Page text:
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Lip reader busts Germany's Loew
June 21st, 2012 6:59PM

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TAGS:  european championship, germany, off the post

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[OFF THE POST] What does German soccer fan Julia Probst do for fun during national team games? Probst, who is deaf, reads the lips of German players and coaches and tweets what they have to say. What Germany coach Joachim Loew has been saying has made her feed a must-read for German media and allowed her to build up a Twitter following of 20,000.

Loew said he will watch his language during Friday's Germany-Greece game after learning about the 30-year-old Probst Twitter feed, EinAugenschmaus (A Feast for the Eyes)

"I have said some pretty hefty expletives, I have to admit that," he said. "So I will probably have to beware of that a little bit more in the future."

The 30-year-old Probst has feasted on close-ups of German players and coaches since the 2010 World Cup when she started her feed.



5 comments
  1. T michael Flinn
    commented on: June 22, 2012 at 8:40 a.m.
    Well she got an eyeful then when Ibrahimovich scored against England. I was dissapointed in his sportsmanship as he yelled in Hart's face.

  1. ROBERT BOND
    commented on: June 22, 2012 at 8:51 a.m.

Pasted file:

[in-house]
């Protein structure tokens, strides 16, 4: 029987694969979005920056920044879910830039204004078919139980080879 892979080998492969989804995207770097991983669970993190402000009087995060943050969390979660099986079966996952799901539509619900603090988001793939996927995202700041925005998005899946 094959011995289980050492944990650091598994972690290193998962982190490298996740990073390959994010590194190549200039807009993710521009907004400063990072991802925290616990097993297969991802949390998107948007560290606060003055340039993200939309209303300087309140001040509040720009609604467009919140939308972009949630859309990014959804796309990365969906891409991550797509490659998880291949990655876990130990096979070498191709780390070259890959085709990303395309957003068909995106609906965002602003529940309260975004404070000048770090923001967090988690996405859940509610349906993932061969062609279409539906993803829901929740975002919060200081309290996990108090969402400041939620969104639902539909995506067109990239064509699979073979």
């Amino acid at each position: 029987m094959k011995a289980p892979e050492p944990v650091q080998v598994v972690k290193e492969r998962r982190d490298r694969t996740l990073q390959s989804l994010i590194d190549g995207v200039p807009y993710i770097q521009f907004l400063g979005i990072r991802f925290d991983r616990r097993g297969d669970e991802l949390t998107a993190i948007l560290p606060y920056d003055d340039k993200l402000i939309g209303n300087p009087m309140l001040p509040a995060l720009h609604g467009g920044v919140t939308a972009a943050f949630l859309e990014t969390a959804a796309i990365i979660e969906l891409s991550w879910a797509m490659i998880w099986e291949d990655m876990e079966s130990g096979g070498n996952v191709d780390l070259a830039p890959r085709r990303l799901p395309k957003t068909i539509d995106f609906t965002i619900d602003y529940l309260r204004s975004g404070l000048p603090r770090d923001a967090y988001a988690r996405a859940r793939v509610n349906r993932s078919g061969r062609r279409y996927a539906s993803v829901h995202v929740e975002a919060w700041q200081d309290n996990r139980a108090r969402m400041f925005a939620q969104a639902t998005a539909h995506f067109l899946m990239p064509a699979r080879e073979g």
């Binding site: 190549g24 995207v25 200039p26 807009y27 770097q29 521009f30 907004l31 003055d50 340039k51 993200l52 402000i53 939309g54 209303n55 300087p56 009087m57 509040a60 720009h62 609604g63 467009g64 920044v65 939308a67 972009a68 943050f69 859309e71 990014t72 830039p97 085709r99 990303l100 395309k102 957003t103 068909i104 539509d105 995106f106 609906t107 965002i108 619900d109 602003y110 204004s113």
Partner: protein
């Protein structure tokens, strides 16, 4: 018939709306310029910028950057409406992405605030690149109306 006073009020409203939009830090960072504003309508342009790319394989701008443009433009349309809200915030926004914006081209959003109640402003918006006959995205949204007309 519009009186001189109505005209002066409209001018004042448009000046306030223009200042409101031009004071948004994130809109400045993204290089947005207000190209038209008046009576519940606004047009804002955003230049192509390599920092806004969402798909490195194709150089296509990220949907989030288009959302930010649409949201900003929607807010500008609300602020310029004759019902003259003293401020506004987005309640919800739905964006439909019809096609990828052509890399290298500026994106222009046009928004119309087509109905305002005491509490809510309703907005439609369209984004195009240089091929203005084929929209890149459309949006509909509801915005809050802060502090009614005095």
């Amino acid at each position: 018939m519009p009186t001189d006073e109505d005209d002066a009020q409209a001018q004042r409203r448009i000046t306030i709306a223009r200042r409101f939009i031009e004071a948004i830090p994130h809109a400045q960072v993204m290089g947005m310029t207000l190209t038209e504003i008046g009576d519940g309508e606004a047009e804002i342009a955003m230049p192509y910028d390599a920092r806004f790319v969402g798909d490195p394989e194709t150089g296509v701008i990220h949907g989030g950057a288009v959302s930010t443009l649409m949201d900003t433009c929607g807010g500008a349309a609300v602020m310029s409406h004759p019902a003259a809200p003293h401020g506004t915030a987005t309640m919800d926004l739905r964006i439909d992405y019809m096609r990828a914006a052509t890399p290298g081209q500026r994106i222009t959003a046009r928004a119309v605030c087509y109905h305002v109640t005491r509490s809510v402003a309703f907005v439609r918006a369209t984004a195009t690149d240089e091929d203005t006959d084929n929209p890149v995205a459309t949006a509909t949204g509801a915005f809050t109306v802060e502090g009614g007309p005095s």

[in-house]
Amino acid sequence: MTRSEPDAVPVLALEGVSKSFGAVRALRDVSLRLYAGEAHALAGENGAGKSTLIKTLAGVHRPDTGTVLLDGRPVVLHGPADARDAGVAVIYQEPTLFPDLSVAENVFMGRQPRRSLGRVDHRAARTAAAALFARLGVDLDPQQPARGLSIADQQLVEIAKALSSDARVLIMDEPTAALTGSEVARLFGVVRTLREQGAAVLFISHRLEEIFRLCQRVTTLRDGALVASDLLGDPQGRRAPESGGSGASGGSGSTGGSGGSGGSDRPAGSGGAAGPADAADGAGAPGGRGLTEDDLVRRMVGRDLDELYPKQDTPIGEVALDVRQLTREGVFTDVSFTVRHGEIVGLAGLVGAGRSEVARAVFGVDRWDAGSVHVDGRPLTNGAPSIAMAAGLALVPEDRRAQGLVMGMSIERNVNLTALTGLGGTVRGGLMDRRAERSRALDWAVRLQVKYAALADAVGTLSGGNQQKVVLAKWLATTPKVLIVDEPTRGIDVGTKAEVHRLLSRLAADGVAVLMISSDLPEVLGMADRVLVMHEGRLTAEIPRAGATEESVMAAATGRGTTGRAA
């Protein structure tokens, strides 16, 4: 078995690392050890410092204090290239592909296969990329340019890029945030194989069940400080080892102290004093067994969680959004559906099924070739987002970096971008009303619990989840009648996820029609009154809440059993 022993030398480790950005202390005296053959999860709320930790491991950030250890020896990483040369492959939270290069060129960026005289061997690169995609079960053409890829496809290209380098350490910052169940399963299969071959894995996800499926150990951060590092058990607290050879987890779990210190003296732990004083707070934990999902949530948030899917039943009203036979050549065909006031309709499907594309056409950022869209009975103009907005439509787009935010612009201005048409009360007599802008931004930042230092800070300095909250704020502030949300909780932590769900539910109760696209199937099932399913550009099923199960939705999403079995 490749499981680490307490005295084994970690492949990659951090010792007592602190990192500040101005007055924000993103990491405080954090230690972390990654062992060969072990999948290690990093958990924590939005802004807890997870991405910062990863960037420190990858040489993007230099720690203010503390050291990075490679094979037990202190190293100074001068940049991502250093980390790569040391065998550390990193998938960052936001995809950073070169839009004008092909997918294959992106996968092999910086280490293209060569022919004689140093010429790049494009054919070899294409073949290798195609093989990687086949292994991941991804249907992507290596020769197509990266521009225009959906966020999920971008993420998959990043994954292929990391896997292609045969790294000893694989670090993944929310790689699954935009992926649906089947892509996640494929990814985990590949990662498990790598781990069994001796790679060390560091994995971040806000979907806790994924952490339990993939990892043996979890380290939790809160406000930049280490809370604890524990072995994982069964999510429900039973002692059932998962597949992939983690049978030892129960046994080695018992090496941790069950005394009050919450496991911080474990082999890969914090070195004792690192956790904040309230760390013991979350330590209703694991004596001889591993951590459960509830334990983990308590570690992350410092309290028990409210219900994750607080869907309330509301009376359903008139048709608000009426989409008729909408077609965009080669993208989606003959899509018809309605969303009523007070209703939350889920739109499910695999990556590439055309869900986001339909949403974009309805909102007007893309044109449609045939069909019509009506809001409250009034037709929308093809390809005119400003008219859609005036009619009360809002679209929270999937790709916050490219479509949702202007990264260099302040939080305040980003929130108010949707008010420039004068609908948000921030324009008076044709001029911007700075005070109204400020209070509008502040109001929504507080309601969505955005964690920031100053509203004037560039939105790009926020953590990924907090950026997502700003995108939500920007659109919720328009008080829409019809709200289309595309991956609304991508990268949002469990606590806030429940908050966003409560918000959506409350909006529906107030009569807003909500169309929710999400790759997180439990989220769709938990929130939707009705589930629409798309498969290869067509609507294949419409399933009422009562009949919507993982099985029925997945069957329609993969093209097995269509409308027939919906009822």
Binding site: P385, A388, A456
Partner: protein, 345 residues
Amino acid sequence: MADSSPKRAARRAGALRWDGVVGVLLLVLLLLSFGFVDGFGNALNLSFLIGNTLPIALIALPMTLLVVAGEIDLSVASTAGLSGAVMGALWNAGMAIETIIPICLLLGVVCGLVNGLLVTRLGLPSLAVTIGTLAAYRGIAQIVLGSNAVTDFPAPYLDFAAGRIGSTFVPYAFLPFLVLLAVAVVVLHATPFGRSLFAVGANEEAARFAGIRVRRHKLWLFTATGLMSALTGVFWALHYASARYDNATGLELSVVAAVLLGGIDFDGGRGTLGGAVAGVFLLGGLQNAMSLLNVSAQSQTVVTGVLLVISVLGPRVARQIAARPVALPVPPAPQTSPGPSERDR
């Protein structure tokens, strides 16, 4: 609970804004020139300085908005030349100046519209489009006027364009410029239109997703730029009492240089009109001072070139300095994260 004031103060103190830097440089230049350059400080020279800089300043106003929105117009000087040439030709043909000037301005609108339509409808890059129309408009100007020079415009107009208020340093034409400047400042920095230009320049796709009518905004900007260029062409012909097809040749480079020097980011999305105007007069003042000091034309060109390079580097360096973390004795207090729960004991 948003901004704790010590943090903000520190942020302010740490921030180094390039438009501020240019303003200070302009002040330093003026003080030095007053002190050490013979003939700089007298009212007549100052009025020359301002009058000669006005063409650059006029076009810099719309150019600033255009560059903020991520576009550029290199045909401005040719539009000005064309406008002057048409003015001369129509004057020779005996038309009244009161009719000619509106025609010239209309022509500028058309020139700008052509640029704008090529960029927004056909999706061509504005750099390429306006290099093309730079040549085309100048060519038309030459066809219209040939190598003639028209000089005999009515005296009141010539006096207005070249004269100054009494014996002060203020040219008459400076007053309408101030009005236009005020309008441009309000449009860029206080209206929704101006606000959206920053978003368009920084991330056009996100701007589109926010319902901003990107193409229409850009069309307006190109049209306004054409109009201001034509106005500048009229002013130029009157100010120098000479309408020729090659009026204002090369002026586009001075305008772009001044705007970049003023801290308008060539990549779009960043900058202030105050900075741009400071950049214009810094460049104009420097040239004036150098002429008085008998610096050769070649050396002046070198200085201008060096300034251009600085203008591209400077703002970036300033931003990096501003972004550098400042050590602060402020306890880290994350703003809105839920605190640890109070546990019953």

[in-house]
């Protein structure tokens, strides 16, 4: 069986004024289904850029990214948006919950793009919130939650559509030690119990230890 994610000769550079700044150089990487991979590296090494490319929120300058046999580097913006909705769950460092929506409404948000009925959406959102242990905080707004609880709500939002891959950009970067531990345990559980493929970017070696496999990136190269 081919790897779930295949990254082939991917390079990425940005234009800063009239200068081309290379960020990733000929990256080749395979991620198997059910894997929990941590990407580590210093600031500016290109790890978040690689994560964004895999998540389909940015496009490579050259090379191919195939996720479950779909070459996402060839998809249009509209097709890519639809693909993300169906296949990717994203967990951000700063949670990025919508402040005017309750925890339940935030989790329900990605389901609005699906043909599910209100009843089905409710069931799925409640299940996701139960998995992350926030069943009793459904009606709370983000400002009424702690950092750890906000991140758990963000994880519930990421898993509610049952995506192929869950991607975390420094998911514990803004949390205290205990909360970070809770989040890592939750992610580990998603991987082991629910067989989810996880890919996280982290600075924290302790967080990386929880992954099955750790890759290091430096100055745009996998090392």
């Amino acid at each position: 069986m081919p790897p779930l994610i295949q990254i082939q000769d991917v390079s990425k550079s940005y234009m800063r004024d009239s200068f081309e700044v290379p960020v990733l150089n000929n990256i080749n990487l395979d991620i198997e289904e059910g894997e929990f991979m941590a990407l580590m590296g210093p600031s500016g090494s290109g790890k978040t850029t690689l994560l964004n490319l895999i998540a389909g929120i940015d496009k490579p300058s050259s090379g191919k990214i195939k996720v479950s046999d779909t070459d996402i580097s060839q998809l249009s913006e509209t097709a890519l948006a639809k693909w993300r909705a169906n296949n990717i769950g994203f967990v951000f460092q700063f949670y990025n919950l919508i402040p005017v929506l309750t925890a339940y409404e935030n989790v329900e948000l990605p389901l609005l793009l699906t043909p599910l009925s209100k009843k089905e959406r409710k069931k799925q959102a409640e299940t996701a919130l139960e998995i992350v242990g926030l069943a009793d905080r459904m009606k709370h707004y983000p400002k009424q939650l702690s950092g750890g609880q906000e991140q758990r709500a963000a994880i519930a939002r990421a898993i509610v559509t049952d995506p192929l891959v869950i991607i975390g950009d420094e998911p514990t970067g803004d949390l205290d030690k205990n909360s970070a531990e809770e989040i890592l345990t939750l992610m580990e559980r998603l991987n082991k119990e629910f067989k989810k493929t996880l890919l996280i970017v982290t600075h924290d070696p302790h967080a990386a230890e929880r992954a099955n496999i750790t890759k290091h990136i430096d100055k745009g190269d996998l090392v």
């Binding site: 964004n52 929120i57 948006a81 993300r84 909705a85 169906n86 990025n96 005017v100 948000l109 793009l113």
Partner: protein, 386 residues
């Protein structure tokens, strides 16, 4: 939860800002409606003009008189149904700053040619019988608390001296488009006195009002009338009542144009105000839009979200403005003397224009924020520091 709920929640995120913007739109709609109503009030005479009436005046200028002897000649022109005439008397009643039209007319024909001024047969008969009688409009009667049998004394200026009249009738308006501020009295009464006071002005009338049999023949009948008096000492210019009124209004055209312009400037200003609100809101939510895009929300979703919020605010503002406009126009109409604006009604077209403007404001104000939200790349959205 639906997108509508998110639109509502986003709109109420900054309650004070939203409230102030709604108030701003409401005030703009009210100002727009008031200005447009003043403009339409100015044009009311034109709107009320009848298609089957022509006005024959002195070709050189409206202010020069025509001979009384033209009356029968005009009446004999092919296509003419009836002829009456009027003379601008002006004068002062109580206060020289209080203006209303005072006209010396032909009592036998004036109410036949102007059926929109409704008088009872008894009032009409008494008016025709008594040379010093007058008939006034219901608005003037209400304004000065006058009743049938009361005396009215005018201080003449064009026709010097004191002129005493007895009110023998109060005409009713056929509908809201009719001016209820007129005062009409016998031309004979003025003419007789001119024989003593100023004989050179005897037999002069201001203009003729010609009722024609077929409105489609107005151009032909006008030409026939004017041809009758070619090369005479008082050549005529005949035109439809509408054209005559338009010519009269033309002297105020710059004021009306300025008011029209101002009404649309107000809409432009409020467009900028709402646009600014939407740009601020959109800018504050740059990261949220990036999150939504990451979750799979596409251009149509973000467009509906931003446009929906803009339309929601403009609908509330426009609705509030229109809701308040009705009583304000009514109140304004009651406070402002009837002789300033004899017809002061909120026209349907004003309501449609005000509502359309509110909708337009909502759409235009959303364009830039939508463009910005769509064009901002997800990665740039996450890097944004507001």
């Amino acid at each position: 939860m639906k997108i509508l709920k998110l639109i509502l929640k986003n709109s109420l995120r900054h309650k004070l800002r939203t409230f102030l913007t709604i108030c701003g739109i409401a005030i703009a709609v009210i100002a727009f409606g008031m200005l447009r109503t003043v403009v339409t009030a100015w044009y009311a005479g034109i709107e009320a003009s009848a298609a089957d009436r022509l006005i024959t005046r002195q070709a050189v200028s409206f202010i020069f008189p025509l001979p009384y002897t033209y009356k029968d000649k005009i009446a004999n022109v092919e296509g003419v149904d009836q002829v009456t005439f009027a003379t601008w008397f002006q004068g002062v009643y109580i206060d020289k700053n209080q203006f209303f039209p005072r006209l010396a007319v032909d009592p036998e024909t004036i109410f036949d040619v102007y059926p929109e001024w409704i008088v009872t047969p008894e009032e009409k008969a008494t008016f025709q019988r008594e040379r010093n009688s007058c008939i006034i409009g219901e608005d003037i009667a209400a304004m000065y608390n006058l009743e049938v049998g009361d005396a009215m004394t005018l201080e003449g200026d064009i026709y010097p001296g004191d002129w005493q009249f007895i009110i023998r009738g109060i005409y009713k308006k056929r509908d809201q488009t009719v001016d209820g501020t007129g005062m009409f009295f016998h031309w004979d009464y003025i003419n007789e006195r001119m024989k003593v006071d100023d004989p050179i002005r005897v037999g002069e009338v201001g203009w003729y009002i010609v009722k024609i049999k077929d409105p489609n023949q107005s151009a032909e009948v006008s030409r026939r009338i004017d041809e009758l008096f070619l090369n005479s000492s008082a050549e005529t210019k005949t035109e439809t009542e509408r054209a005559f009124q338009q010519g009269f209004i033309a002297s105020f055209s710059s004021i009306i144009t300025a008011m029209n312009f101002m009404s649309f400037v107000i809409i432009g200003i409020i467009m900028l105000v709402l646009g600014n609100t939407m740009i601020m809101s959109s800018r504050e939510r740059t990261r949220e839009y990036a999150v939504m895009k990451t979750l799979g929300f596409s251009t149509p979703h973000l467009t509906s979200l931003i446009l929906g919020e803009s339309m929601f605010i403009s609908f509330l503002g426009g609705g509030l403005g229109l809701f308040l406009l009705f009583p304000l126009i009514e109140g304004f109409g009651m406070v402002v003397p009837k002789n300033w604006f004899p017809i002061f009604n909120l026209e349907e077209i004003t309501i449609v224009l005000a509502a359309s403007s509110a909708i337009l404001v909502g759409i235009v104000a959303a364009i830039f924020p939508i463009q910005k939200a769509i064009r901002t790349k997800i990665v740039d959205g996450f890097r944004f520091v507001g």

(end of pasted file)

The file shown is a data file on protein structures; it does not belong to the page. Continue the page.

a lot of these guys use English, don't have to read lips to see the f-bomb being dropped......

  1. Mark N
    commented on: June 22, 2012 at 11:47 a.m.
    Is Loew a major offender compared to the players? I don't speak German, but as Robert says, any fan who speaks English or Spanish can see that "F- off" and "P- madre" are as indispensable as the ability to grimace and grab a body part after going down. Some of the uglier parts of the game.

  1. Ric Fonseca
    commented on: June 22, 2012 at 2:18 p.m.
    Seriously? This is news worthy? In this era of intemperance and uncilivity, I'd think that we could focus on more "serious discussions" such as using "foul and abusive language" by players, and nasty chanting coming from the stands!

  1. James Madison
    commented on: June 22, 2012 at 8:27 p.m.
    Since when did the traditional England all-purpose adjective necessarily become foul or abusive?


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